Then, a few years after her untimely death, came the brutal hatchet job by Watson. Here's a taste By choice she did not emphasize her feminine qualities. . . . There was never lipstick to contrast with her straight black hair, while at the age of thirty-one her dresses showed all the imagination of English blue-stocking adolescents. So it was quite easy to imagine her the product of an unsatisfied mother who unduly stressed the desirability of professional careers that could save bright girls from marriages to dull men. . . . Clearly Rosy had to go or be put in her place. The former was obviously preferable because, given her belligerent moods, it would be very difficult for Maurice [Wilkins] to maintain a dominant position that would allow him to think unhindered about DNA. . . . The thought could not be avoided that the best home for a feminist was in another person's lab.

Some writers feel compelled to downplay Watson's, Crick's, and Wilkins's actions: they "sneaked an unauthorized peek" at her work. This particular one glosses over it completely. This one says that The title of "discoverer" goes to those who first fit the pieces together. In rejecting Sayre's claim that Franklin was the victim of "robbery", the physicist Jeremy Bernstein has expressed the logic quite forcefully: "They made the double-helix scheme work. It is as simple as that.",COMPLETELY IGNORING THE FACT THAT THEY MADE IT WORK ONLY BECAUSE THEY HAD USED FRANKLIN'S RESEARCH IN PLACE OF THEIR OWN, WHICH WAS OBVIOUSLY NOT GOOD ENOUGH.

Ok, you're going to say, but there's plenty of nasty stories about scientists stealing other scientists' work, right? Yep, I answer. But that's not what makes me mad.

What angers me beyond belief is that even her most fervent supporters seem to need to make the point that she was "no saint". She "did not suffer fools gladly". This one, from Strange Science is a pip: She had a short temper, she often seemed unfriendly to those who didn't know her, and her affluent background may have affected her opinions of her less-wealthy colleagues more than she realized. It's as if they are saying that she brought it upon herself by being mean to the boys. Watson's asinine and clownish obssession with her looks (and he didn't even get it right; she wore the height of French fashion and was considered too sophisticated for King's College) is a clear attempt at creating a caricature that everyone will accept because everyone "knows" that's what women scientists look like--and therefore ignore his own disgusting behavior. And it worked for quite a while.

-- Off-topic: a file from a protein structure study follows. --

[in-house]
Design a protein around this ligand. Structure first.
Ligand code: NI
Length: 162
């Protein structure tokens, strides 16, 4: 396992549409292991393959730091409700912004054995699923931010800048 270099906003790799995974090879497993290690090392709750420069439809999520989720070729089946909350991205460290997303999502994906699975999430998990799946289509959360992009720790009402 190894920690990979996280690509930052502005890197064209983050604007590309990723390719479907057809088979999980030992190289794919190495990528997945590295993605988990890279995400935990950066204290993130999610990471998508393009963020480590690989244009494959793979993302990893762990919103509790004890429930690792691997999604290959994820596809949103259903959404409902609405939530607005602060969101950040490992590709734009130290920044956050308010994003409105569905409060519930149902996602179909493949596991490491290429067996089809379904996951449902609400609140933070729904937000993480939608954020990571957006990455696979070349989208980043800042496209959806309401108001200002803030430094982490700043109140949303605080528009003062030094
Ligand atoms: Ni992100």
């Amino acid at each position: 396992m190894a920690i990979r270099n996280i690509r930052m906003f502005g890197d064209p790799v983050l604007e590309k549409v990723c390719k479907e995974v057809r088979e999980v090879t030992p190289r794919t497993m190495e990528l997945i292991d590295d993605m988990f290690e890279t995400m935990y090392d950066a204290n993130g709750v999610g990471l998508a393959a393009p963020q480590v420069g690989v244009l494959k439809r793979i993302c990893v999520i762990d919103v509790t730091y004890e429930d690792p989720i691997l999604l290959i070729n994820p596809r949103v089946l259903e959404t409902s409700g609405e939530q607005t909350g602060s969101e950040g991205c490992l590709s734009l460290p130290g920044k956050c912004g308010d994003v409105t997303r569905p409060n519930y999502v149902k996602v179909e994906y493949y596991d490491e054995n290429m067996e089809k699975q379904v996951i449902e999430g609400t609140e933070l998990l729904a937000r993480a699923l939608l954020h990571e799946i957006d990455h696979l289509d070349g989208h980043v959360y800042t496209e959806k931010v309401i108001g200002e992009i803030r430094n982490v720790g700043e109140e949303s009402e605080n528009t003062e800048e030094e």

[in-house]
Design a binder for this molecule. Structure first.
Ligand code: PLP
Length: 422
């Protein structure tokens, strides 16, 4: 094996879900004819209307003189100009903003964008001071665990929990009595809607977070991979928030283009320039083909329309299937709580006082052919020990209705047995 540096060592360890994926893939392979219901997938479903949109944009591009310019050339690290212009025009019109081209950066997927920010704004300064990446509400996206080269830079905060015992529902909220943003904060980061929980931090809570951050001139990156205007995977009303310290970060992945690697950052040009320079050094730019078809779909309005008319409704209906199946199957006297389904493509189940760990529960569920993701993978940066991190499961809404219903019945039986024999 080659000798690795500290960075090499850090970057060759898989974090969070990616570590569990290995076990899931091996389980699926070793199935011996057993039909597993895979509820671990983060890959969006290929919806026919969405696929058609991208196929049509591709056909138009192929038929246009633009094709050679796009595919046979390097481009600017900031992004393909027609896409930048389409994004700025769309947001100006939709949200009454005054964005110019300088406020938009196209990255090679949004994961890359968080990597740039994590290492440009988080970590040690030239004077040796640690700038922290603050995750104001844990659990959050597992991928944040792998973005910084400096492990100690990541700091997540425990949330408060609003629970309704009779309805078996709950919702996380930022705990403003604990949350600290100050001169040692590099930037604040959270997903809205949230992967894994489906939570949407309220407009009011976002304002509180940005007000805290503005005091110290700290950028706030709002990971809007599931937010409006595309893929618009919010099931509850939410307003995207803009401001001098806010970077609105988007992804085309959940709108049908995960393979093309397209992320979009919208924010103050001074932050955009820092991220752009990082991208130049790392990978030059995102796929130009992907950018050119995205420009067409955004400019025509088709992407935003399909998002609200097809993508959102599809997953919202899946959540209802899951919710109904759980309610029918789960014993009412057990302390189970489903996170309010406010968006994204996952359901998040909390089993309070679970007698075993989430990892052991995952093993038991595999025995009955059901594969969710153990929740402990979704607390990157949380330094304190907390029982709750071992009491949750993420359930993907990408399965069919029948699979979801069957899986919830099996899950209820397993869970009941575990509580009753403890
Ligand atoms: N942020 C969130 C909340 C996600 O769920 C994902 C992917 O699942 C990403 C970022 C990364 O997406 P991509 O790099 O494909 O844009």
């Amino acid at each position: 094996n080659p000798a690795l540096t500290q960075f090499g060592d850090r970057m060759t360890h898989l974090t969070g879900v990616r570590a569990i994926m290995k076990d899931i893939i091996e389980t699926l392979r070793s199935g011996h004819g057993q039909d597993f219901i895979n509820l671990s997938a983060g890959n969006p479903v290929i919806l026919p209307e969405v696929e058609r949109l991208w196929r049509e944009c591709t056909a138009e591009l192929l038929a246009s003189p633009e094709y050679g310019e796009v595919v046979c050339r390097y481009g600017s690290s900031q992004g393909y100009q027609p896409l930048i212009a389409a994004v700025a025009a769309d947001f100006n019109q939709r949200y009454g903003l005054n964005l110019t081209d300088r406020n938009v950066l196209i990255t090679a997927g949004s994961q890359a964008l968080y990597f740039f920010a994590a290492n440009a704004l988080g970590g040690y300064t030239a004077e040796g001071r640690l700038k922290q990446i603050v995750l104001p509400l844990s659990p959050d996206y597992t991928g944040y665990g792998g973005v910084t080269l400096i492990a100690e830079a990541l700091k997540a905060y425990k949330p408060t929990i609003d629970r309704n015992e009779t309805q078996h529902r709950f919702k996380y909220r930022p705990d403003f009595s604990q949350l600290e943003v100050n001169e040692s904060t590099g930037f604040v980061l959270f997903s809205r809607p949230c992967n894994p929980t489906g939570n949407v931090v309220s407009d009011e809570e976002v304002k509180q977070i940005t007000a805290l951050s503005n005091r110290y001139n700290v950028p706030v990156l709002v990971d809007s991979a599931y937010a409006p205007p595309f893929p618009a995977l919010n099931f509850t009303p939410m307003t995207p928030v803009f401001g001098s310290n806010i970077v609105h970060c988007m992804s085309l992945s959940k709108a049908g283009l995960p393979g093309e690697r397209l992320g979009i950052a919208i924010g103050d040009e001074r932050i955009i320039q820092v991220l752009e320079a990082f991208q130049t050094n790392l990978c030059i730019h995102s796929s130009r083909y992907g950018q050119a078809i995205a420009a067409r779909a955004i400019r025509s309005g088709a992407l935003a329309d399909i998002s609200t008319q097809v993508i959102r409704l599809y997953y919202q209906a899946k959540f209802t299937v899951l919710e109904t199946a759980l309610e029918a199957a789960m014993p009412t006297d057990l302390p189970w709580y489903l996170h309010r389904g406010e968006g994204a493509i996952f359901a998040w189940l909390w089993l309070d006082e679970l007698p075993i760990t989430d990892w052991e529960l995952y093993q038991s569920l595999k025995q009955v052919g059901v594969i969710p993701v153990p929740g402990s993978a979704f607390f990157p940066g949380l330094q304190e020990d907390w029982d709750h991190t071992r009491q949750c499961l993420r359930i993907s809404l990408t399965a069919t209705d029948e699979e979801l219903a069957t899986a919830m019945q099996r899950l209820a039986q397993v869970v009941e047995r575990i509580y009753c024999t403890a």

If you want to know what makes me really angry, this does.

Monday, April 21, 2003

A Sighting is Confirmed
I always believed--not being prey to that particular disease myself--that liberal guilt syndrome was a myth. But if some of the e-mail I have been received on my Castro post are any kind of diagnostic sign, there's many of you who suffer from it.

Here's the deal: I did not write that post in order to make you feel guilty, or angry, or ashamed, or any damned thing. I don't think you owe me, or Cuba, anything. I don't think it's a good idea--in fact, I think it would be counterproductive--to go around trying to fix everybody's problems.

If you read the post again (skip the first part and go straight to the section that begins with to the folks on the right), what I was trying to do was to point out that in many cases, the right and the left suffer from conditional principles, or situational ethics, or something. I think that one loses credibility when one approves in one government behavior that one finds unacceptable in another. Either all repressive dictatorships are bad or none are. Either all humans are deserving of personal freedom or none are. Either all governments should have the power to abridge those freedoms, or none should.

I can better understand someone who proposes that a nation should be guided by self-interest than I can someone who tells me they are all for liberty and justice--except for the people of x, and y, and z, because, after all, their leaders have led the fight against imperialism (communism), and the Republicans (Democrats) hate them.

That's the real realpolitik.